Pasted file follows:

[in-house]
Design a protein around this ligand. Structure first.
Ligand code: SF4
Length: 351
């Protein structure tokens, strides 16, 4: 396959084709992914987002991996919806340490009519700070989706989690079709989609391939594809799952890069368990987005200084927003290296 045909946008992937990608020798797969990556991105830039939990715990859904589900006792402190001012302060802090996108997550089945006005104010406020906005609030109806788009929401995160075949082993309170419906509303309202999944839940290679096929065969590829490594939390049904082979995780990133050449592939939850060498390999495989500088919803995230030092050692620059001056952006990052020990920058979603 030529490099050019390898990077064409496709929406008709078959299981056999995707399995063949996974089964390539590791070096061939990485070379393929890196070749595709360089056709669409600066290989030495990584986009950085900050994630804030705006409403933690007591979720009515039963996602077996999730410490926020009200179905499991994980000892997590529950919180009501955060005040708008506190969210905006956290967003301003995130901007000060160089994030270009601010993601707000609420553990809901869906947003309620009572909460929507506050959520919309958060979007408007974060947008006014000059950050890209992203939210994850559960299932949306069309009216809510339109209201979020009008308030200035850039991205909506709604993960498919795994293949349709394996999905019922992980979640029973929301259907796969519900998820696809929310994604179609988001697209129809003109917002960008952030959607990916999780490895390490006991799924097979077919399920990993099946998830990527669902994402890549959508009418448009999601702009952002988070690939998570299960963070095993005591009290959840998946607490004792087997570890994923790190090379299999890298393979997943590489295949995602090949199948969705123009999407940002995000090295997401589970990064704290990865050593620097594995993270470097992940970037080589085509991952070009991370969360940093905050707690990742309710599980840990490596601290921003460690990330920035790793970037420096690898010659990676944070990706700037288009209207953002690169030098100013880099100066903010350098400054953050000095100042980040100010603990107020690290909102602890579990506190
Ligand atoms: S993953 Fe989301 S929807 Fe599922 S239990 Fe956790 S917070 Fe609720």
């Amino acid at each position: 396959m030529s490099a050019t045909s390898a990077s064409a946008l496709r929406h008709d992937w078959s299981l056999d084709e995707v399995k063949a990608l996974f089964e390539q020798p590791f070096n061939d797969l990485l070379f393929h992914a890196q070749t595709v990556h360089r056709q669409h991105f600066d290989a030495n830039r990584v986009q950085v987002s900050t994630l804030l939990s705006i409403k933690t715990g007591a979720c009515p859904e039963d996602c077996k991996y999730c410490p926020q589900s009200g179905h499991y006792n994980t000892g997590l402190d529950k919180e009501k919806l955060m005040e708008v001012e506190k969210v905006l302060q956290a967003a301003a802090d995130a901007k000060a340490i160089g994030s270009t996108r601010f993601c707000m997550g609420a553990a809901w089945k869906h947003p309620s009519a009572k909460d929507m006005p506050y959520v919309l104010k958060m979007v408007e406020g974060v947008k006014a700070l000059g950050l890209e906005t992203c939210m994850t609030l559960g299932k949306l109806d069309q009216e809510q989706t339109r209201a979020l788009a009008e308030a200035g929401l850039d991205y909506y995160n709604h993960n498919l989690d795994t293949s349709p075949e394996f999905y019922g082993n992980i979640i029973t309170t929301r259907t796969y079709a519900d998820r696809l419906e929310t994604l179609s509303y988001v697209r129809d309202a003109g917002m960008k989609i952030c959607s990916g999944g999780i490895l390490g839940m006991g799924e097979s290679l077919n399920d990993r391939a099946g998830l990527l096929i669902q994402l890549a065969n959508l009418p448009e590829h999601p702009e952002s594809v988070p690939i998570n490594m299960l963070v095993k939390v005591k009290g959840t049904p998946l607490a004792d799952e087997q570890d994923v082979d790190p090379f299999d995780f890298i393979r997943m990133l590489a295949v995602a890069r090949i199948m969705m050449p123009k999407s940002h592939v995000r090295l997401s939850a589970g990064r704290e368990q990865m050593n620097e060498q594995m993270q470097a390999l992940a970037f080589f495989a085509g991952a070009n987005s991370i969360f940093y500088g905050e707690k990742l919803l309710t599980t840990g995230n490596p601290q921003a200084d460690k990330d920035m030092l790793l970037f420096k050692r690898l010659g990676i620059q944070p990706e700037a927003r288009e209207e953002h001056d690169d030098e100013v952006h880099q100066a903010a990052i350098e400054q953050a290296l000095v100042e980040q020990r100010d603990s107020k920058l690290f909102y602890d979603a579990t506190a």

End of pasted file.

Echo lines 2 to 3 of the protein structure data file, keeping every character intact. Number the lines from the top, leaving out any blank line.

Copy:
Design a protein around this ligand. Structure first.
Ligand code: SF4